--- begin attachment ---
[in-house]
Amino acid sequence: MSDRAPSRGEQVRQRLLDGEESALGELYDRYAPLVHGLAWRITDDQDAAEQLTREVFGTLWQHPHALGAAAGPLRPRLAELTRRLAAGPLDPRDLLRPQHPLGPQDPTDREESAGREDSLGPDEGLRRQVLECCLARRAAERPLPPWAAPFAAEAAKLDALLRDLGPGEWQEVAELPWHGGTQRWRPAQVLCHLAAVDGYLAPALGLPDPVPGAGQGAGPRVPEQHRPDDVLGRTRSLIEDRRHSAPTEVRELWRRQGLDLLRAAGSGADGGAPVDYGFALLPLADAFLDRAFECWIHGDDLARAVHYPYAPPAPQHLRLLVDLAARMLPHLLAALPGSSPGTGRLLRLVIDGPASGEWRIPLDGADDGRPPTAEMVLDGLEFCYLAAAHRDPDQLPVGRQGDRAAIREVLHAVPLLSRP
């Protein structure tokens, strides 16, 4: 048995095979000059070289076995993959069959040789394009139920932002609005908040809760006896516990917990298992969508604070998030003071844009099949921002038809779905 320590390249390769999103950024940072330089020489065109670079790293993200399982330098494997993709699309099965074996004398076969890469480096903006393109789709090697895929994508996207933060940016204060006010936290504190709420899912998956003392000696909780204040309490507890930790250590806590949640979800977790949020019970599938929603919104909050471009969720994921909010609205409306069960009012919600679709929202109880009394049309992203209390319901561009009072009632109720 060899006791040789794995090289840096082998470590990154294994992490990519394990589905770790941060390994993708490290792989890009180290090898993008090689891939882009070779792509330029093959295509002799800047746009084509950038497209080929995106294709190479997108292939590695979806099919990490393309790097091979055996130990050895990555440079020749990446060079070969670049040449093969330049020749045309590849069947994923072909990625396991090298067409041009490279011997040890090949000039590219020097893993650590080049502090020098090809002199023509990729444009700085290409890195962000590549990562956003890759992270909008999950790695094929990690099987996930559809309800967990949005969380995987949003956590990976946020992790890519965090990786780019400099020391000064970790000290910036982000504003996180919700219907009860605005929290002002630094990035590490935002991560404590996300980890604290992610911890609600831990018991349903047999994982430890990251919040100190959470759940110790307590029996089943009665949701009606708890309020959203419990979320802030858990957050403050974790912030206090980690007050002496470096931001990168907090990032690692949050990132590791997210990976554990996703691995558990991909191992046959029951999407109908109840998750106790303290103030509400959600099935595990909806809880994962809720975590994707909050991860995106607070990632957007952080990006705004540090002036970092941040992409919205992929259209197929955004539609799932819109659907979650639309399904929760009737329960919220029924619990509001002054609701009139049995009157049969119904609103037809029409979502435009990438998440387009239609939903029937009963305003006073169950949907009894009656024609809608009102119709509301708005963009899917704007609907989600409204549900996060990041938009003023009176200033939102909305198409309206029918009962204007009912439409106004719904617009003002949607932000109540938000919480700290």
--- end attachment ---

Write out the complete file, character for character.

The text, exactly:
[in-house]
Amino acid sequence: MSDRAPSRGEQVRQRLLDGEESALGELYDRYAPLVHGLAWRITDDQDAAEQLTREVFGTLWQHPHALGAAAGPLRPRLAELTRRLAAGPLDPRDLLRPQHPLGPQDPTDREESAGREDSLGPDEGLRRQVLECCLARRAAERPLPPWAAPFAAEAAKLDALLRDLGPGEWQEVAELPWHGGTQRWRPAQVLCHLAAVDGYLAPALGLPDPVPGAGQGAGPRVPEQHRPDDVLGRTRSLIEDRRHSAPTEVRELWRRQGLDLLRAAGSGADGGAPVDYGFALLPLADAFLDRAFECWIHGDDLARAVHYPYAPPAPQHLRLLVDLAARMLPHLLAALPGSSPGTGRLLRLVIDGPASGEWRIPLDGADDGRPPTAEMVLDGLEFCYLAAAHRDPDQLPVGRQGDRAAIREVLHAVPLLSRP
């Protein structure tokens, strides 16, 4: 048995095979000059070289076995993959069959040789394009139920932002609005908040809760006896516990917990298992969508604070998030003071844009099949921002038809779905 320590390249390769999103950024940072330089020489065109670079790293993200399982330098494997993709699309099965074996004398076969890469480096903006393109789709090697895929994508996207933060940016204060006010936290504190709420899912998956003392000696909780204040309490507890930790250590806590949640979800977790949020019970599938929603919104909050471009969720994921909010609205409306069960009012919600679709929202109880009394049309992203209390319901561009009072009632109720 060899006791040789794995090289840096082998470590990154294994992490990519394990589905770790941060390994993708490290792989890009180290090898993008090689891939882009070779792509330029093959295509002799800047746009084509950038497209080929995106294709190479997108292939590695979806099919990490393309790097091979055996130990050895990555440079020749990446060079070969670049040449093969330049020749045309590849069947994923072909990625396991090298067409041009490279011997040890090949000039590219020097893993650590080049502090020098090809002199023509990729444009700085290409890195962000590549990562956003890759992270909008999950790695094929990690099987996930559809309800967990949005969380995987949003956590990976946020992790890519965090990786780019400099020391000064970790000290910036982000504003996180919700219907009860605005929290002002630094990035590490935002991560404590996300980890604290992610911890609600831990018991349903047999994982430890990251919040100190959470759940110790307590029996089943009665949701009606708890309020959203419990979320802030858990957050403050974790912030206090980690007050002496470096931001990168907090990032690692949050990132590791997210990976554990996703691995558990991909191992046959029951999407109908109840998750106790303290103030509400959600099935595990909806809880994962809720975590994707909050991860995106607070990632957007952080990006705004540090002036970092941040992409919205992929259209197929955004539609799932819109659907979650639309399904929760009737329960919220029924619990509001002054609701009139049995009157049969119904609103037809029409979502435009990438998440387009239609939903029937009963305003006073169950949907009894009656024609809608009102119709509301708005963009899917704007609907989600409204549900996060990041938009003023009176200033939102909305198409309206029918009962204007009912439409106004719904617009003002949607932000109540938000919480700290």